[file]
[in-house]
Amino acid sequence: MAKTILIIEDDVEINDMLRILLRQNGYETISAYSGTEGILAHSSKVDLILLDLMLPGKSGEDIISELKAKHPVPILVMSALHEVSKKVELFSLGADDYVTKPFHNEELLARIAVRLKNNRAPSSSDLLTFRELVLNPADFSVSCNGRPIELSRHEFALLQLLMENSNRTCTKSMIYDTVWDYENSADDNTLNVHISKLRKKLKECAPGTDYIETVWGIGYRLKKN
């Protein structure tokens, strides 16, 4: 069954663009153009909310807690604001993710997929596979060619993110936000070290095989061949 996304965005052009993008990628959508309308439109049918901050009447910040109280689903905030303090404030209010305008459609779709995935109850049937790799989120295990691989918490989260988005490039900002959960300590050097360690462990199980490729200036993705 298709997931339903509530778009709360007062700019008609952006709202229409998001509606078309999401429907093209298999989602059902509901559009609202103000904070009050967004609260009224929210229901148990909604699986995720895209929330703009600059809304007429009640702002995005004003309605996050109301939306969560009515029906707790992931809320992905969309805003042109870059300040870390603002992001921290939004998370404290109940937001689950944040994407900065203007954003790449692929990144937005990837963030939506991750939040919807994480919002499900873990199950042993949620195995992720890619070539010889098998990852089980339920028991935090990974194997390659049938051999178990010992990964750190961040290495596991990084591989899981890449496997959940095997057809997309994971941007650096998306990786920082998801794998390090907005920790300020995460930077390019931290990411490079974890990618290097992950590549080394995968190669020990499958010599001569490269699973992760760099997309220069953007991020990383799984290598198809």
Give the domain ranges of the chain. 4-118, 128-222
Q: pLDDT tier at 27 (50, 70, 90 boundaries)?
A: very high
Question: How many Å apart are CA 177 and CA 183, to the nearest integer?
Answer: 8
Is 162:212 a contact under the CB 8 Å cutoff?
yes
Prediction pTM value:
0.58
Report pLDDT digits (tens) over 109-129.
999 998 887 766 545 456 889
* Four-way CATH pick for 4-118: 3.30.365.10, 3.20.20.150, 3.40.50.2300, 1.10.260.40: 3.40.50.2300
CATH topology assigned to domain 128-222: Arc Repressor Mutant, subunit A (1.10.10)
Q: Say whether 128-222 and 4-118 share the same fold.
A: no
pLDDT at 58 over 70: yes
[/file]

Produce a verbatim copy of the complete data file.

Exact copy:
[in-house]
Amino acid sequence: MAKTILIIEDDVEINDMLRILLRQNGYETISAYSGTEGILAHSSKVDLILLDLMLPGKSGEDIISELKAKHPVPILVMSALHEVSKKVELFSLGADDYVTKPFHNEELLARIAVRLKNNRAPSSSDLLTFRELVLNPADFSVSCNGRPIELSRHEFALLQLLMENSNRTCTKSMIYDTVWDYENSADDNTLNVHISKLRKKLKECAPGTDYIETVWGIGYRLKKN
């Protein structure tokens, strides 16, 4: 069954663009153009909310807690604001993710997929596979060619993110936000070290095989061949 996304965005052009993008990628959508309308439109049918901050009447910040109280689903905030303090404030209010305008459609779709995935109850049937790799989120295990691989918490989260988005490039900002959960300590050097360690462990199980490729200036993705 298709997931339903509530778009709360007062700019008609952006709202229409998001509606078309999401429907093209298999989602059902509901559009609202103000904070009050967004609260009224929210229901148990909604699986995720895209929330703009600059809304007429009640702002995005004003309605996050109301939306969560009515029906707790992931809320992905969309805003042109870059300040870390603002992001921290939004998370404290109940937001689950944040994407900065203007954003790449692929990144937005990837963030939506991750939040919807994480919002499900873990199950042993949620195995992720890619070539010889098998990852089980339920028991935090990974194997390659049938051999178990010992990964750190961040290495596991990084591989899981890449496997959940095997057809997309994971941007650096998306990786920082998801794998390090907005920790300020995460930077390019931290990411490079974890990618290097992950590549080394995968190669020990499958010599001569490269699973992760760099997309220069953007991020990383799984290598198809």
Give the domain ranges of the chain. 4-118, 128-222
Q: pLDDT tier at 27 (50, 70, 90 boundaries)?
A: very high
Question: How many Å apart are CA 177 and CA 183, to the nearest integer?
Answer: 8
Is 162:212 a contact under the CB 8 Å cutoff?
yes
Prediction pTM value:
0.58
Report pLDDT digits (tens) over 109-129.
999 998 887 766 545 456 889
* Four-way CATH pick for 4-118: 3.30.365.10, 3.20.20.150, 3.40.50.2300, 1.10.260.40: 3.40.50.2300
CATH topology assigned to domain 128-222: Arc Repressor Mutant, subunit A (1.10.10)
Q: Say whether 128-222 and 4-118 share the same fold.
A: no
pLDDT at 58 over 70: yes